Seeking to Inspire: Mount Madonna School YOUniversity Learning Days

By Director of Upper School Shannon Kelly

On January 25 and 26 Mount Madonna School (MMS) middle and high students participated in the first annual MMS YOUniversity learning days.

“We were seeking to inspire the creative energy of our students, faculty, staff and alumni,” commented Dean of Students Bob Caplan. “We asked all of our community members to consider making a 15 to 60 minute presentation to teach a skill, share a passion or hobby, or explore a topic of interest. We received a wide range of proposals infused with learning and fun. There were 26 sessions scheduled, 18 were shared live and eight were pre-recorded.”

The project was initially conceived as a way to engage students during parent-teacher conferences, however the faculty committee organizing the event, comprised of teachers Anand Darsie, Angela Willetts, Bob Caplan, Dan Gurska, Lisa Catterall and myself, quickly realized it held great potential.

Junior Amirah Alexander shared her enthusiasm for the American Sign Language (ASL) class taught by Lower School Director Kami Pacheco.

“I really enjoyed Kami’s class on ASL,” said Alexander. “It was a good introduction and I really liked how she made it clear that ASL flows once you get the logic of it. I would take a course or some classes on ASL again.”

Seventh grader Alyssa Hocevar Tabuchi enjoyed learning basic needlepoint, and shared her appreciation with instructor Dr. Nicole Tervalon.

“Thank you for the amazing class you taught on needlepoint,” commented Hocevar Tabuchi. “It was my first time ever doing it and it was so fun and awesome to create the pictures.”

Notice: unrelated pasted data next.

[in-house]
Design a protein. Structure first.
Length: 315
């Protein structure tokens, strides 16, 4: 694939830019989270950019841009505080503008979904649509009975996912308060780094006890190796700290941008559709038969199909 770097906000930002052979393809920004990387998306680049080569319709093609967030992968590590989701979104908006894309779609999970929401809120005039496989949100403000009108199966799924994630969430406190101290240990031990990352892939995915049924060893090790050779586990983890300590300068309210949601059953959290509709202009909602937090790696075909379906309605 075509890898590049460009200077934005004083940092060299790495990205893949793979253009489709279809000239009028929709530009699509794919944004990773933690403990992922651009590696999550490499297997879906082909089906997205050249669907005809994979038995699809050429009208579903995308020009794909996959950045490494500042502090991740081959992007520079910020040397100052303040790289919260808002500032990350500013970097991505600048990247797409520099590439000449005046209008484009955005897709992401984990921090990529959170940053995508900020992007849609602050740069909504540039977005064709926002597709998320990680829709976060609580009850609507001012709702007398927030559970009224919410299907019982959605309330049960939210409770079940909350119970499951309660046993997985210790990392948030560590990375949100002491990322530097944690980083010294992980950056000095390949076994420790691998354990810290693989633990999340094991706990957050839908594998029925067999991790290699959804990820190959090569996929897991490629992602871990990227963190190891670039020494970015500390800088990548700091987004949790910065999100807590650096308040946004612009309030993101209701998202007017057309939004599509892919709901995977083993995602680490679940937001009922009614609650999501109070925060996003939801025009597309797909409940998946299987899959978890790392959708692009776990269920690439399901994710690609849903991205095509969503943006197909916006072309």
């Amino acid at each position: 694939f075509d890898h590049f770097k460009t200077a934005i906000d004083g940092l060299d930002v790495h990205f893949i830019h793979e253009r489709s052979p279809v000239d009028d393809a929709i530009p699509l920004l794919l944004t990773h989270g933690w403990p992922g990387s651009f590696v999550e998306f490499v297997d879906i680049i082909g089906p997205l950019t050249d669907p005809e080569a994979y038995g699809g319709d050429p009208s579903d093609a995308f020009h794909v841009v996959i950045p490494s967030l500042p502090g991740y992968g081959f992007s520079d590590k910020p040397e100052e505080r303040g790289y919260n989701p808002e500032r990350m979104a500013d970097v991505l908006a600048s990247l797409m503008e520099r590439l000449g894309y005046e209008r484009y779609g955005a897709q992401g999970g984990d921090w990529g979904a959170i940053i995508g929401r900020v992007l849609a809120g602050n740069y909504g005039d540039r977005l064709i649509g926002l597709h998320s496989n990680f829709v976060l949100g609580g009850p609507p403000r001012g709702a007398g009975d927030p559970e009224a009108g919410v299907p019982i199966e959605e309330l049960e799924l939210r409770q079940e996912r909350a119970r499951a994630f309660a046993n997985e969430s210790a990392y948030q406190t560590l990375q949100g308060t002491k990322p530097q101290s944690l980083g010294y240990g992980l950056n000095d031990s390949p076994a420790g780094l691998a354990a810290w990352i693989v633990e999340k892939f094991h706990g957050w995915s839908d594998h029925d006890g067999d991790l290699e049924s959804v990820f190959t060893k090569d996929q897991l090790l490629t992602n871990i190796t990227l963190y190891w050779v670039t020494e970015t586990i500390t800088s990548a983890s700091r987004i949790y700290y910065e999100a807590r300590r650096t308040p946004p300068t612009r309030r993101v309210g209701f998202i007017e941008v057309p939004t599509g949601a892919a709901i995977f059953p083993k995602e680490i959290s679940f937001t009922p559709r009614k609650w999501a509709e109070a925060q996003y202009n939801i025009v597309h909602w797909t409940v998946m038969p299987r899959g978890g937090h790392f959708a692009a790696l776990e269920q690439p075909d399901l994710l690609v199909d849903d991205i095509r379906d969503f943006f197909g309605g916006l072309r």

Both mornings started with an alumni keynote speaker. The alumni guests were invited so that the current student body could see a Mount Madonna School education in action. The speakers were also selected because of their unique perspectives and the different paths they took to turn their passions into purposeful lives.

On Monday, Soma Sharan (‘11), a Gates Millennium Scholar, and founder of Her Future Fund (, spoke about her work as a philanthropist, and her evolving path toward her goals.

“From a young age, I knew I wanted to be a philanthropist,” commented Sharan. “I didn’t know the word or what it meant, but I understood that the reason I was alive and able to live a life filled with opportunities was due to the generosity of those who supported the orphanage where I grew up. I knew I wanted to save a little girl’s life, just as they saved mine.”

Hearing Sharan speak about her philanthropic work was inspiring.

“Soma got me interested in philanthropy,” said senior Oliver Mensinger. “I contacted her and I am going to ask her for advice in the future. She explained everything very well and as a result I listened closely.”

Musician Jake Ward (‘14) shared his story in a keynote address on the second morning.

“I grew up in a musical household and have always been very musically inclined,” explained Ward. “I now have a small but loyal network of other artists whose records I engineer/produce, and since 2018 I’ve fronted a band called Watch Me Breathe, which has a weirdly real online following. Making a living as a singer-songwriter and producer is a very steep climb and I still have a long way to go; yet it’s well worth it for the independent freedom, sense of purpose, and belonging to a diverse and passionate community.”

Among the courses offered was a workshop by a professional author who coached participants on writing cathartic reflection about how they have been impacted by the pandemic.

“The sessions were informative, varied, engaging and quite memorable,” commented Caplan, “ and included such topics as civil engineering, learning basic Japanese, Minecraft, baking a chocolate cake, how to invest, all about cats and math games. This was a resoundingly successful experiment!”